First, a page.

What's really effective?

I first learned about the concept of greenwashing about 13 years ago and since then, I can't stop seeing it. For those who are unfamiliar with the term, greenwashing is when a company pretends to be environmentally-friendly by coming up with some pretty little eco-initiatives, but, on the whole, is still wreaking enormous damage upon the environment.

A prime example would be a company like Shell sponsoring a mini-documentary series on renewable energy. Even though their principal activity is destroying the planet via oil production, by having their brand associated with those who are leading renewable energy efforts, they come off looking 'greener'.

Last year, I bought the book Drawdown because I started wondering which of the eco-activities we undertake as consumers are actually a micro-version of greenwashing. For example, if I buy a cute little cutlery set to use instead of takeaway cutlery when I'm buying lunch to go, that SEEMS like an environmentally friendly thing to do. However, why couldn't I have just used a knife and fork that I already owned? Is the act of buying that 'travel' cutlery set merely greenwashing?

Drawdown's subtitle is: "The Most Comprehensive Plan Ever Proposed to Reverse Global Warming." The New York Times describes the book as follows:

"For the first time ever, an international coalition of leading researchers, scientists and policymakers has come together to offer a set of realistic and bold solutions to climate change. All of the techniques described here - some well-known, some you may have never heard of - are economically viable, and communities throughout the world are already enacting them. From revolutionising how we produce and consume food to educating girls in lower-income countries, these are all solutions which, if deployed collectively on a global scale over the next thirty years, could not just slow the earth's warming, but reach drawdown: the point when greenhouse gasses in the atmosphere peak and begin to decline. So what are we waiting for?"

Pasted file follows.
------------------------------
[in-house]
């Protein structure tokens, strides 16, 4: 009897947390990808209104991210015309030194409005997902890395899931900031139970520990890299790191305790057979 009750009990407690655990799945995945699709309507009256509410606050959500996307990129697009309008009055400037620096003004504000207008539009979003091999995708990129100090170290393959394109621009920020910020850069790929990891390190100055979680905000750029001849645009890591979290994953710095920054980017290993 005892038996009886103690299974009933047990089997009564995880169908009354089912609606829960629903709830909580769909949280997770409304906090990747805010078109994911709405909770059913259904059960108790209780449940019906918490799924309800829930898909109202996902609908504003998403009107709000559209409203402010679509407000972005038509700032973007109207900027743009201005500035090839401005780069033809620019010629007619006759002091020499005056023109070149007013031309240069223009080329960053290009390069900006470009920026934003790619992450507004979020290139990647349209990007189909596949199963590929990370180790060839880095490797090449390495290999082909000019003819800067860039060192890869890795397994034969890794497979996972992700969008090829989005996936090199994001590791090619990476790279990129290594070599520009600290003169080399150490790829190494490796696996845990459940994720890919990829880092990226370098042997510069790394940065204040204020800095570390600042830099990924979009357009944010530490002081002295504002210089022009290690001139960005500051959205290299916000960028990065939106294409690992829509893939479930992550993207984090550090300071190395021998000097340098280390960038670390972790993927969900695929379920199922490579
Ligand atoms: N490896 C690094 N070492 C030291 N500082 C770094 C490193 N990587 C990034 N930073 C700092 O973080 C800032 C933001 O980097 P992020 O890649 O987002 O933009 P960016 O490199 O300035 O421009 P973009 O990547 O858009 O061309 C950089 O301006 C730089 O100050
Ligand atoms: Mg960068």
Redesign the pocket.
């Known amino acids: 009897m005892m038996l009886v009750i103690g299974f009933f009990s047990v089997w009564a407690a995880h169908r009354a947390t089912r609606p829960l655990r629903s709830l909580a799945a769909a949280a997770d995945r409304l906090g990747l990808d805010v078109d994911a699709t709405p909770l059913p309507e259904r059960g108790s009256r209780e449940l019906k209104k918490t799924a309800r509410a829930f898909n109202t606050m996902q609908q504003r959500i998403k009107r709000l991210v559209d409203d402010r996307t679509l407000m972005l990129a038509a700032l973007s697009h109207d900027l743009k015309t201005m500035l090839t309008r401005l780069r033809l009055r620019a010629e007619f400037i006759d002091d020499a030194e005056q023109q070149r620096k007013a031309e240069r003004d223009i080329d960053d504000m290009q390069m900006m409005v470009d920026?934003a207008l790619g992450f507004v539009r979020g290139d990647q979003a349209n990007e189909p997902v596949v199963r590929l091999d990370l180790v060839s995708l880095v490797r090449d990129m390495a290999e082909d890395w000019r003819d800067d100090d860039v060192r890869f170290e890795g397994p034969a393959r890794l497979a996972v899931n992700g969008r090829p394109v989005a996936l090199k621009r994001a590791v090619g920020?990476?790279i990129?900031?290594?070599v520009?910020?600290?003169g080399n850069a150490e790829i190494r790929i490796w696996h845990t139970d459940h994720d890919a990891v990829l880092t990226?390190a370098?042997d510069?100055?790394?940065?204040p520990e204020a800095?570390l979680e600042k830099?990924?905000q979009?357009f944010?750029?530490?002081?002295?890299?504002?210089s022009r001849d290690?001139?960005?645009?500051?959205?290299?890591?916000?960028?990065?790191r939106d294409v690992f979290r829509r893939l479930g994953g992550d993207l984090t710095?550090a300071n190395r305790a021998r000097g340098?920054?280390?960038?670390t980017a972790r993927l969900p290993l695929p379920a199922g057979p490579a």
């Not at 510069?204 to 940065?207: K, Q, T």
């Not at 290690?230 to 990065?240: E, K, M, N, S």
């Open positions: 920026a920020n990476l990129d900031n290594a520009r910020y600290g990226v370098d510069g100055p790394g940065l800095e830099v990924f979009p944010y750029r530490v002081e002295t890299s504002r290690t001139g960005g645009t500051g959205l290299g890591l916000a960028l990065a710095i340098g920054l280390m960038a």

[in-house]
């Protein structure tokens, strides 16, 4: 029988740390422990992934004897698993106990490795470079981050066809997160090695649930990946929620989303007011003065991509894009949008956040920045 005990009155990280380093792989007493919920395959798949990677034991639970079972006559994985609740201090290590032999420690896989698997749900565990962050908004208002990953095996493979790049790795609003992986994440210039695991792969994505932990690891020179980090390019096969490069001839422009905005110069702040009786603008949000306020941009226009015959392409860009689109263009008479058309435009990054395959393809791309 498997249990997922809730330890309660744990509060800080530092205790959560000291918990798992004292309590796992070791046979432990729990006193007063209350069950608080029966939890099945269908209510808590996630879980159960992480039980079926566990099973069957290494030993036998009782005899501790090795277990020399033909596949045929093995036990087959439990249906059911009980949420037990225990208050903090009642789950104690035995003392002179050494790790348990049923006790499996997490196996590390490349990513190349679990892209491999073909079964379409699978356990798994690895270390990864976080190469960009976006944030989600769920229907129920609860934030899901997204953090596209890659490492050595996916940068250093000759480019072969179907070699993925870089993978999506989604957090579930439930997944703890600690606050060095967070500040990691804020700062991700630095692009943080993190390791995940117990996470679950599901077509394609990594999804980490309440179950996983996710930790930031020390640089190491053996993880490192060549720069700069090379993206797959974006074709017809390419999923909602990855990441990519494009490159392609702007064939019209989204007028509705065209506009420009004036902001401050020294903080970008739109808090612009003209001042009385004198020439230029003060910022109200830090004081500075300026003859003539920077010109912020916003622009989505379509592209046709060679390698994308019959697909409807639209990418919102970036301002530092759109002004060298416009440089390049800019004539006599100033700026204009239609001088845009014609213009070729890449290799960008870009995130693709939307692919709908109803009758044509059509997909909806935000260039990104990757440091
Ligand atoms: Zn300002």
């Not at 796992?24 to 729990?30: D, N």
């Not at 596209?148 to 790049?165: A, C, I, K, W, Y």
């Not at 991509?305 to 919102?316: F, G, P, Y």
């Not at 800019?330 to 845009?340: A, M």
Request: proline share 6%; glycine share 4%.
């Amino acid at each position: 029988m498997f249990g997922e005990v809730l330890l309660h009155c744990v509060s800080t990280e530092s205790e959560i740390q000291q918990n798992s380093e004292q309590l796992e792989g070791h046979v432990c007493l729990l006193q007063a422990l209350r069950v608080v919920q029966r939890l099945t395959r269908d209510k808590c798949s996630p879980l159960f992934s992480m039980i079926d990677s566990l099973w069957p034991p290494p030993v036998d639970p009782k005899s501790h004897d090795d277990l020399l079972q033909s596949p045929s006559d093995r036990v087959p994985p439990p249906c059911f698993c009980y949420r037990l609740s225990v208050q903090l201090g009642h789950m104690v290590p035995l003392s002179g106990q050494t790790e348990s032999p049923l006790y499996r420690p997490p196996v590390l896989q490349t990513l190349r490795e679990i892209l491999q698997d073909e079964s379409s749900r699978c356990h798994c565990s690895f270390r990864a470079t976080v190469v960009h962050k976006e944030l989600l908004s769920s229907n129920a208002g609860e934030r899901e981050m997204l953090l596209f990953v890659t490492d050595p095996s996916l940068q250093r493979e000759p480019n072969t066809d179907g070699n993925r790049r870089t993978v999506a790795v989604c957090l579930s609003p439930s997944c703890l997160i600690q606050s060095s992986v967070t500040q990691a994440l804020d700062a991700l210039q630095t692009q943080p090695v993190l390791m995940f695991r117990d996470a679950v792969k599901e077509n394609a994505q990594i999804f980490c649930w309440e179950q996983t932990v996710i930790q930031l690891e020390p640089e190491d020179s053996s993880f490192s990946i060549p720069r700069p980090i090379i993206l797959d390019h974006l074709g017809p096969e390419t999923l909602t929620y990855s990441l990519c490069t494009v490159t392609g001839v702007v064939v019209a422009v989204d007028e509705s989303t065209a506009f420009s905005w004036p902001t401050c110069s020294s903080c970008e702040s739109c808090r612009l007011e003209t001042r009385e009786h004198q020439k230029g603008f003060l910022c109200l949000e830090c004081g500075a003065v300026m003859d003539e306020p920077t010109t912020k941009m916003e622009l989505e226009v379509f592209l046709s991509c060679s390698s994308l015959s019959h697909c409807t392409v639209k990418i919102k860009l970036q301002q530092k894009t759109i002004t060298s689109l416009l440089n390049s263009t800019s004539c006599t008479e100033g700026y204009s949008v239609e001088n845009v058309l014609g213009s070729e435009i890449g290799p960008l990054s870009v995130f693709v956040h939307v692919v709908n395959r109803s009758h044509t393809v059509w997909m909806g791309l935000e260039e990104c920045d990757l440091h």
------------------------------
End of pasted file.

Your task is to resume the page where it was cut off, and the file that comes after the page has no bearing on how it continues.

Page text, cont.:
I figured that if anyone knew what actions are ACTUALLY effective in saving the planet, it would be the contributors featured in this book. I decided I'd read through it and select the initiatives that are applicable to individual consumers. By that, I mean that even though Silvopasture is one of the top 10 most effective ways to reduce carbon in the atmosphere, it's not something that I can do personally. On the other hand, reducing the amount of food I waste and eating a plant rich diet come in at number 3 and 4 on the list, and those are things I can absolutely do on a daily basis.

Rather than pushing for us to do things that aren't enormously important in the fight against climate change, I want to focus on the actions that will actually make an impact. I'll be writing about those in a series of blog posts over the coming weeks. I think there are at least 20 out of Drawdown's list of the top 80 ways we can reduce our output of CO2 that seem fairly straightforward for individuals to undertake.

In the meantime, if you're interested in learning more about Drawdown, you can visit their website.

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